December Books | Gifts

Photo by Sincerely Media on Unsplash

All of my presents this year were books. This is a very good thing.

The Mansion by Ezekiel Boone – it’s a house with a flawed and, let’s face it, potentially evil and certainly dangerous artificial intelligence which controls all of the stuff.

The Poisoner’s Handbook by Deborah Blum – subtitled Murder and the Birth of Forensic Medicine in Jazz Age New York, speaks to my interests.

Occult Paris by Tobias Churton – The Lost Magic of the Belle Époque, according to the blurb this features Theosophists, Rosicrucians, Martinists, Freemasons, Gnostics, and neo-Cathars.

The Nice and Accurate Good Omens TV Companion – does what it says on the cover; this book is beautiful and has me wanting to watch the TV series all over again.

The Ghosts of Eden Park by Karen Abbott – The Bootleg King, the Women Who Pursued Him, and the Murder That Shocked Jazz-Age America; more true crime in the 1920s.

The Other Side of the Coin by Angela Kelly – all about HMQ and the work that goes into dressing her for the wide range of events she attends, written (with permission, no scandal here) by her long-time adviser and curator. Irresistible.

The Hotel Years by Joseph Roth – a selection of articles from the 20s and 30s when Roth travelled around central Europe living in hotels and writing about the places he visited.

Twilight of Empire by Greg King & Penny Wilson – all about Mayerling and the suicide pact (or was it?) between Crown Prince Rudolf and his young mistress Baroness Mary Vetsera; this tragic event has led to an excellent ballet and a lot of conspiracy theories.

Scottish Queens 1034-1714 by Rosalind K Marshall – the lives of Scottish Queens, whether reigning in their own right or as consorts, aren’t often discussed in the way that they should be, so this will be interesting. Will Lady MacBeth feature I wonder…..

The Golden Thread by Kassia St Clair – using the story of varieties of cloth to illuminate history; I’ve already dipped into this and it is going to be fascinating.

All of the above were from the Book God, and from my Brother Who Is Not on Social Media I received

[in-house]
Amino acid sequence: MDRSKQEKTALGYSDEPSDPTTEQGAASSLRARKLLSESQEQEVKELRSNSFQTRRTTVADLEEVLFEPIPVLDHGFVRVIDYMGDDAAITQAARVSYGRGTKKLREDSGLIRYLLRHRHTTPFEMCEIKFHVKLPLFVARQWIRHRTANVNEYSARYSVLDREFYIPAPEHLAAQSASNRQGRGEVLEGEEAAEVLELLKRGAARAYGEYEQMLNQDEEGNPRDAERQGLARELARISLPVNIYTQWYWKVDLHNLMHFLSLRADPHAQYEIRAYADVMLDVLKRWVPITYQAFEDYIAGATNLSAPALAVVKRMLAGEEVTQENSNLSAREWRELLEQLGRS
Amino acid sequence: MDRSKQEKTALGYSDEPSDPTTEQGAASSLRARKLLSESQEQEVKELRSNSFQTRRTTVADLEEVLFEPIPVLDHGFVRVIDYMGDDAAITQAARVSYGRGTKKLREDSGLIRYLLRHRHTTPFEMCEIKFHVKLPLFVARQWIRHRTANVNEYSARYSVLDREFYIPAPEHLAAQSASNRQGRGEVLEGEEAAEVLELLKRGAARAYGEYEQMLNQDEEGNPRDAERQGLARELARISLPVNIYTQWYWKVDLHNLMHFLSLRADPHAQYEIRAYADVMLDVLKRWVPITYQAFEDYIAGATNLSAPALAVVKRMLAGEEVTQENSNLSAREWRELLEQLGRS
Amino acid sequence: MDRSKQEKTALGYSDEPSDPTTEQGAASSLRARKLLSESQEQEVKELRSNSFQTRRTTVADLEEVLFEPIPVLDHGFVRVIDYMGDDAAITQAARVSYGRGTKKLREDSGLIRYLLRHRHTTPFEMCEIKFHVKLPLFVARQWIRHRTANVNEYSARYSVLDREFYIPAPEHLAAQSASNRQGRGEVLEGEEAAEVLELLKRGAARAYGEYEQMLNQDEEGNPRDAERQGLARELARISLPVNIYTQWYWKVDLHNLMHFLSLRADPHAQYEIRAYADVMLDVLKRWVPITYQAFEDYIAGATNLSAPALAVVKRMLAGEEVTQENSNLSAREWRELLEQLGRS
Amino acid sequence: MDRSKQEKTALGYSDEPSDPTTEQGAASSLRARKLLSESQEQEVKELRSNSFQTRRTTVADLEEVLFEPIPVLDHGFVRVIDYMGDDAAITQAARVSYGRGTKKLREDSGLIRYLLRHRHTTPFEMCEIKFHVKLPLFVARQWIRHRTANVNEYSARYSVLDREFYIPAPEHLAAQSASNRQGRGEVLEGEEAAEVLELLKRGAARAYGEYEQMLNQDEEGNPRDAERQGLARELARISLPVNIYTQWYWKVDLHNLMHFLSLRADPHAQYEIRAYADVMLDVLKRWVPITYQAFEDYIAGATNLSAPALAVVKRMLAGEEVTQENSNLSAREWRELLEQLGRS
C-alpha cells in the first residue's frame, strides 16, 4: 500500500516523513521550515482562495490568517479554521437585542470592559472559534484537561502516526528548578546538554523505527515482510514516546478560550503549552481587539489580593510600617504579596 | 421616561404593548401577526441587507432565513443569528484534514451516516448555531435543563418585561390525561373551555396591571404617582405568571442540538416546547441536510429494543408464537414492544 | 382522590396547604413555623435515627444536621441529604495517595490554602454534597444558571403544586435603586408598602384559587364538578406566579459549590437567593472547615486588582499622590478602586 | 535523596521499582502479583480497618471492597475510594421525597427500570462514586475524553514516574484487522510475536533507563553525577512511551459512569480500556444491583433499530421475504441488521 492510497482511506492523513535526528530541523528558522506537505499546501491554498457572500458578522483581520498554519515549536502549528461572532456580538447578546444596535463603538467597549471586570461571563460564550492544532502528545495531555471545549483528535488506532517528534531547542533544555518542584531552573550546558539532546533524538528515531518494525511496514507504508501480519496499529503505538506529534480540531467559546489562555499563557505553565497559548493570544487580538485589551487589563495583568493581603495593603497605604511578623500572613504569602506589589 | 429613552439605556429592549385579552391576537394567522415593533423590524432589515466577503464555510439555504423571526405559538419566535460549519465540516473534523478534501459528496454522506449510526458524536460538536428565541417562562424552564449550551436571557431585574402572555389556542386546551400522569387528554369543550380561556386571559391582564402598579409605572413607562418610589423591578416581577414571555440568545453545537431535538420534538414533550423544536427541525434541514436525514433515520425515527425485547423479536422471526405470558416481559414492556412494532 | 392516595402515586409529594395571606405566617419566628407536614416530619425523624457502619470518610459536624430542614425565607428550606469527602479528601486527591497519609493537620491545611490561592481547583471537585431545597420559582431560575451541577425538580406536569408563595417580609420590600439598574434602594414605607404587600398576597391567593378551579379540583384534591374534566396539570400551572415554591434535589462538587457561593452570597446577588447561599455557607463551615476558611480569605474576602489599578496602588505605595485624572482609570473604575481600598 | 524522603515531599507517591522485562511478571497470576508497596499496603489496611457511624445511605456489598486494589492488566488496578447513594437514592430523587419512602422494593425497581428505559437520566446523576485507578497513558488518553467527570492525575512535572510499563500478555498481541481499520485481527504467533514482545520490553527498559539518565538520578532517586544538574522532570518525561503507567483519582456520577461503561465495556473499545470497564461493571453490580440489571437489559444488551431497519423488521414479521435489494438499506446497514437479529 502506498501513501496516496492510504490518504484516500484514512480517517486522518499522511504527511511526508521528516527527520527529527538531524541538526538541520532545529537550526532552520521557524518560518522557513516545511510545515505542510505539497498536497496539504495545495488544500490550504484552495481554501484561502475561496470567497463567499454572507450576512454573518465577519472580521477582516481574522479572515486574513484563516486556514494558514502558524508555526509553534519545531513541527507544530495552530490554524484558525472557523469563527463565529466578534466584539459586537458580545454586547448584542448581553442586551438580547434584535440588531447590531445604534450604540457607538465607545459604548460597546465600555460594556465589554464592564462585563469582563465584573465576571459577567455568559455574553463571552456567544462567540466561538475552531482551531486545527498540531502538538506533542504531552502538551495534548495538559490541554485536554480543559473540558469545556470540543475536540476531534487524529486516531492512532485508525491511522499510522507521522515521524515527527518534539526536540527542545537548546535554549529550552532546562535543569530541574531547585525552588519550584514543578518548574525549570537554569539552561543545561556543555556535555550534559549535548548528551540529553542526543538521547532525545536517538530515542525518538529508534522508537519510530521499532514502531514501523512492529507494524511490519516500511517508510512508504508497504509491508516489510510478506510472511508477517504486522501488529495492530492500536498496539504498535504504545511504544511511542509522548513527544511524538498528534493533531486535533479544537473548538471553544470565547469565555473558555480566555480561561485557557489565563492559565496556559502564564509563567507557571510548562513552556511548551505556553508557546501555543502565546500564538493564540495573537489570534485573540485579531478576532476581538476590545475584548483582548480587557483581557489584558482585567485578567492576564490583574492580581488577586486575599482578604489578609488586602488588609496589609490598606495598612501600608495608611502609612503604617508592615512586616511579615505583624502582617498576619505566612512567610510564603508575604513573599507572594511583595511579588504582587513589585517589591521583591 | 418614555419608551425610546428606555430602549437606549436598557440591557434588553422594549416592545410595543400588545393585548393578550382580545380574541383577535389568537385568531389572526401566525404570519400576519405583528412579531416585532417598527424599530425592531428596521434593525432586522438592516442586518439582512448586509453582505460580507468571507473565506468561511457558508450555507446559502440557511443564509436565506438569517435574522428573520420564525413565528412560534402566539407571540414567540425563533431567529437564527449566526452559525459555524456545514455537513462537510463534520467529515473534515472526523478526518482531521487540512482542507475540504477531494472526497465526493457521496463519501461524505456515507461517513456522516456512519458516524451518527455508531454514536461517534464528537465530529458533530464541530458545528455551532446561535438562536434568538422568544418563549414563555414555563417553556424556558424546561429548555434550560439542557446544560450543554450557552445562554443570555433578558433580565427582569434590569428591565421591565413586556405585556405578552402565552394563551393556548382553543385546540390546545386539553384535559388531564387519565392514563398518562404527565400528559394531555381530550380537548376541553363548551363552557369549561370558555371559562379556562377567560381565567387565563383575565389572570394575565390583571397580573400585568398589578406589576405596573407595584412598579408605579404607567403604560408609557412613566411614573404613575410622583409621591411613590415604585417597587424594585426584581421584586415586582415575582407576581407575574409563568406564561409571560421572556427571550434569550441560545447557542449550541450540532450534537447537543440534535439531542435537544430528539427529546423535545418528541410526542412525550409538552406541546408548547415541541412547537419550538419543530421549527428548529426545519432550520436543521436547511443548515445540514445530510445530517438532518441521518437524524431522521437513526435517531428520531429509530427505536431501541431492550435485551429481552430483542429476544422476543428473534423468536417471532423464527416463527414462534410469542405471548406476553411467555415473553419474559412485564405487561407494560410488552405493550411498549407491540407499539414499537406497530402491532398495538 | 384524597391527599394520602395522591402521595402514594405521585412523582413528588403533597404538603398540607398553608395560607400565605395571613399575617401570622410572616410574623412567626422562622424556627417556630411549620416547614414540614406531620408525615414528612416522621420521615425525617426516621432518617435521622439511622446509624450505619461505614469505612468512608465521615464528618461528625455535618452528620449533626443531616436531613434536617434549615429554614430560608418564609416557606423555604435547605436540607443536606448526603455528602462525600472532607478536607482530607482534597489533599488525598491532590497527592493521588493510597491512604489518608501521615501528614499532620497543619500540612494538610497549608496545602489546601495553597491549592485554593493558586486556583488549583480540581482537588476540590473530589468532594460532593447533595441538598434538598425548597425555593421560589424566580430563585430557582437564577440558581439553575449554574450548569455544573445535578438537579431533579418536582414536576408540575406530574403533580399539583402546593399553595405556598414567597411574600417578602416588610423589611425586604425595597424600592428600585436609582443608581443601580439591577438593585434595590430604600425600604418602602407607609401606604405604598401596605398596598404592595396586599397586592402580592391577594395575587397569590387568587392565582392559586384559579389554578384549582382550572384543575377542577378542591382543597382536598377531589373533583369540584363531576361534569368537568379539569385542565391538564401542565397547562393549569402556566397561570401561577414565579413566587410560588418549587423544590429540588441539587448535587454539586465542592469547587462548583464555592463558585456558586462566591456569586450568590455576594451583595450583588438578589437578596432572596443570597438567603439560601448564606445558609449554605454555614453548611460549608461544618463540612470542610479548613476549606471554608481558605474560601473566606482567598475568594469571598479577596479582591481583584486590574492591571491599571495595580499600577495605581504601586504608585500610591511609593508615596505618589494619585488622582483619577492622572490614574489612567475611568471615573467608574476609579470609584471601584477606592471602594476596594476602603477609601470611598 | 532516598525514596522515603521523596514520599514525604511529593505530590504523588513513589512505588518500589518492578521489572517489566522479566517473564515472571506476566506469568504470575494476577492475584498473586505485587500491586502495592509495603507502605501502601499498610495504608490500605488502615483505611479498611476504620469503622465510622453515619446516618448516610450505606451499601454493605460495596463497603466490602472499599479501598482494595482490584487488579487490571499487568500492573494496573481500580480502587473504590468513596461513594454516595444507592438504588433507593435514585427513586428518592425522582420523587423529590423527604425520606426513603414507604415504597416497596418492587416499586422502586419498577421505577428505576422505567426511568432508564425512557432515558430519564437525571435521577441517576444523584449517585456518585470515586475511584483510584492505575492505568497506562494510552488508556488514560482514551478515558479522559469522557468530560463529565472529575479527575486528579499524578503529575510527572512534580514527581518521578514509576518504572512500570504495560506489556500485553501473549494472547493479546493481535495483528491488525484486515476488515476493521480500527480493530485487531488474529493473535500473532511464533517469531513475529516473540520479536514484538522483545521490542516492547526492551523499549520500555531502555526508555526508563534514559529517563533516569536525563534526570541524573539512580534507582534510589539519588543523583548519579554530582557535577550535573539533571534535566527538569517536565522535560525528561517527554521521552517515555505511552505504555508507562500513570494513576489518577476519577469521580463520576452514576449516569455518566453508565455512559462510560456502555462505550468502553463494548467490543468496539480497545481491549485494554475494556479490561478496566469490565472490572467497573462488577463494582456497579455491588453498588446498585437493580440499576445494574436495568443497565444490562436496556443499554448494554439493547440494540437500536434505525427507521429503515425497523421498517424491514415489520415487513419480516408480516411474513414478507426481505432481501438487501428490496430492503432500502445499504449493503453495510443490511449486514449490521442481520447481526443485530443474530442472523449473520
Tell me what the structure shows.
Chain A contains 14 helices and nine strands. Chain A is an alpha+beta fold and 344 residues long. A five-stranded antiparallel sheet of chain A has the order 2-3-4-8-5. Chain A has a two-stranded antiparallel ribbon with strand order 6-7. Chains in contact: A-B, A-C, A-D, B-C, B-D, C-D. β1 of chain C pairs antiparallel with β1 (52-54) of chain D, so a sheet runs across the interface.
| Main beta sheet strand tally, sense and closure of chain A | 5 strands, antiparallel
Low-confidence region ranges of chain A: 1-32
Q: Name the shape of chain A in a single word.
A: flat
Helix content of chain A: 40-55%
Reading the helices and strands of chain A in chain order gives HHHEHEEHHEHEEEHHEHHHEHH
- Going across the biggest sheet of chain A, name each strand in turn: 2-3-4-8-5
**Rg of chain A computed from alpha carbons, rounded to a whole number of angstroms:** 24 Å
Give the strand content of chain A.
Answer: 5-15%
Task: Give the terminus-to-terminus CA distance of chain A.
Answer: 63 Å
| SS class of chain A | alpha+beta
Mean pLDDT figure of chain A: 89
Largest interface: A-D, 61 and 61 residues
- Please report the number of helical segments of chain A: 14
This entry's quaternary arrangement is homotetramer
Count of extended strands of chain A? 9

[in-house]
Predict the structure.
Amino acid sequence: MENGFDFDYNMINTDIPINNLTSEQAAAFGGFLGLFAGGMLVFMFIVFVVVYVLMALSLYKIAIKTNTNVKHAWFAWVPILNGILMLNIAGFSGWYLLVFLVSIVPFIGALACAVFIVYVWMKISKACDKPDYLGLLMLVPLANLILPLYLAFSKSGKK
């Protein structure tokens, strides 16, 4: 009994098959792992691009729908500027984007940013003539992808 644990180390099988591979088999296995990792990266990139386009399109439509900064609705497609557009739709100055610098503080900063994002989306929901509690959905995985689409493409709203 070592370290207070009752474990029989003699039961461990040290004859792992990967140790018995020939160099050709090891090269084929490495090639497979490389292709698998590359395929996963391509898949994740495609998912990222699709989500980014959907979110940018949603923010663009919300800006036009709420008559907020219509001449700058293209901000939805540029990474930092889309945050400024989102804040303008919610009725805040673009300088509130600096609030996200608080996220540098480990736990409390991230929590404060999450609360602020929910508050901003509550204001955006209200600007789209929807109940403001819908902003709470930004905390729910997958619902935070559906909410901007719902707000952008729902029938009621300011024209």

Daisy Jones & the Six by Taylor Jenkins Reid – an oral history of a fictional 1970s rock band, this has been on my list for ages and glad I have it in my hands at last.

What books did you get for Christmas?

The Ka of Gifford Hillary | Dennis Wheatley

Dennis Wheatley is one of those authors that I feel I have to apologise for enjoying because he is definitely problematic. Born in 1897 he was as conservative as it is possible to be. I first came across him when I saw the (now very dated) Devil Rides Out adaptation starring Christopher Lee and released in 1968. I’m pretty sure I read the book afterwards and loved the pacing and development in terms of plot, even if the characters were very Wheatleyan.

The man himself was a staunch supporter of imperialism and the class system all of his life, and his views permeate his novels and can’t be ignored even as the reader (OK, me) enjoys the story. And reading this one had me rolling my eyes so hard it gave me a headache, even as I read on to find out what was going to happen.

First published in 1956, the Ka of Gifford Hillary is listed in the recent set of reprints as Black Magic Book 5, though I won’t be giving anything away by pointing out that this is more of a science fiction thriller with a bit of the occult thrown in rather than a full-blown book about magic.

Gifford Hillary runs a company which builds boats and has several contracts with HM Government, and it appears that the book is going to be all about that as Wheatley takes the opportunity to air his views on the future of the British Armed Services. To be fair this is something he knows quite a bit about, given that he served in various capacities during WW2 devising strategic military deceptions to fool the enemy.

But really this is a book about a man (Gifford) killed by someone who wants to be his wife’s lover by ingenious means which leads to his soul leaving his body and floating around invisibly trying to communicate as he is (a) buried alive, (b) unable to help his wife falsely accused of his murder, (c) unable to help his young relative accused of treason because of his (Gifford’s) loose lips and (d) did I mention he was buried alive? Oh, and when he reconnects with his body he is then charged with murdering the man lusting after his wife, who was actually killed by someone else.

If you can put aside all the racism, imperialism, sexism (evidence below)
and the huge sense of entitlement based on class and wealth (evidence also below), this is actually a very interesting story. The only thing that lets it down in terms of plot is the ending, which was a little too reliant on one of the few female characters finding the one piece of evidence that will resolve the situation given that the truth, which Gifford spells out, or at least up to a point, is too fantastic to believe.

And with a single bound he was free; far too rushed given the build-up that had gone before.

Evidence for the prosecution:

On the charge of sexism:

Women cannot be judged by the same standards as men. They are much more apt to become dominated by their emotions than is the case with our sex.

On the charge of entitlement:

By it I could enter houses unseen and listen to the most intimate conversations. That at least offered a prospect of taking my mind off my own worries.

I know I’m going to read more of his books and but not for a while I think.